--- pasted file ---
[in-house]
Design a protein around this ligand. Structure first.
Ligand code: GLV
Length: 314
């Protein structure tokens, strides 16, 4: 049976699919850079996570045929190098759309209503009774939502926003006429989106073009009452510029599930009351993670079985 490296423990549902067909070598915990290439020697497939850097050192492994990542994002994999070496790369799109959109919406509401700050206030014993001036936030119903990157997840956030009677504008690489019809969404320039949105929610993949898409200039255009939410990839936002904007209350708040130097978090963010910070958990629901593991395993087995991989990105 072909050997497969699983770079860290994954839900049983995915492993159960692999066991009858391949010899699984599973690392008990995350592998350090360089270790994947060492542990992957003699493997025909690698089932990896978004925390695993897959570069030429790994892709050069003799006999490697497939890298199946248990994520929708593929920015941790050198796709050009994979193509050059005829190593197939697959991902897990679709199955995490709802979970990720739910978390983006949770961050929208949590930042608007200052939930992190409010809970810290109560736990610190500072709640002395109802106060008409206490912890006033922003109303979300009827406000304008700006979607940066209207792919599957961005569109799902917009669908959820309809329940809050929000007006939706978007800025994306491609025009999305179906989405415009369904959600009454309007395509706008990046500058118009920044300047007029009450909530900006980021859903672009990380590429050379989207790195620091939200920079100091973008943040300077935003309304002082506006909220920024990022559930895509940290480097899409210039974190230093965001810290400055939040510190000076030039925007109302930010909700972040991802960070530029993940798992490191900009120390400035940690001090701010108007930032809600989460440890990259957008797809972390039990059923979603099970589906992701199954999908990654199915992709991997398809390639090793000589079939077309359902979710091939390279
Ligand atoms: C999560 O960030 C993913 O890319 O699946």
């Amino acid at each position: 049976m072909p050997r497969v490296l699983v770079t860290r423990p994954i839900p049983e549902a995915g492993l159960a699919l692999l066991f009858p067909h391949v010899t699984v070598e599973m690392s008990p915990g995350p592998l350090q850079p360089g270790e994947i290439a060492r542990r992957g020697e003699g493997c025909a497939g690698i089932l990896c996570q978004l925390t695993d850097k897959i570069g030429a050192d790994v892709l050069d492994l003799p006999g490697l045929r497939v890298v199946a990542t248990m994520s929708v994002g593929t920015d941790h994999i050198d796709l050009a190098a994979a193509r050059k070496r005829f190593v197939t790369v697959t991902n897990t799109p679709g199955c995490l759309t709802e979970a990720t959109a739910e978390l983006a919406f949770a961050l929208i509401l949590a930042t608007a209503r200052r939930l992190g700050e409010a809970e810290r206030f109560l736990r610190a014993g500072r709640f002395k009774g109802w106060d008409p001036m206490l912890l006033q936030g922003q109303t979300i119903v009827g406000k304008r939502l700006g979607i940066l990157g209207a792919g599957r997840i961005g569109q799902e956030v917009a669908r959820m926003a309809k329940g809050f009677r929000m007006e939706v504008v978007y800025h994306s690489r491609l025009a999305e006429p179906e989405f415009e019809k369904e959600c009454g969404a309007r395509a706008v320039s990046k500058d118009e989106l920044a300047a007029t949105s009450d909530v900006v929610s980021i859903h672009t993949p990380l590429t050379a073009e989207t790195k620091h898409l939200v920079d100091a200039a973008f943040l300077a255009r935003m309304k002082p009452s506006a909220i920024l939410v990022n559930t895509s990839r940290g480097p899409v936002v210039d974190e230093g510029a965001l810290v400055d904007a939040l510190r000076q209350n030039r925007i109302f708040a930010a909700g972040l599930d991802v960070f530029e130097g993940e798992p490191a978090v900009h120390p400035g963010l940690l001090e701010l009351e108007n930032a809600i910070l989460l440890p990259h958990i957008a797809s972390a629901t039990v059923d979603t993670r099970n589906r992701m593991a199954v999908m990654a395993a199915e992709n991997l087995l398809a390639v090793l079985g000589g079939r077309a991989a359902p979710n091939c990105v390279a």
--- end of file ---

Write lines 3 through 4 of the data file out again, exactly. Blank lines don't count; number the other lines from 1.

Ligand code: GLV
Length: 314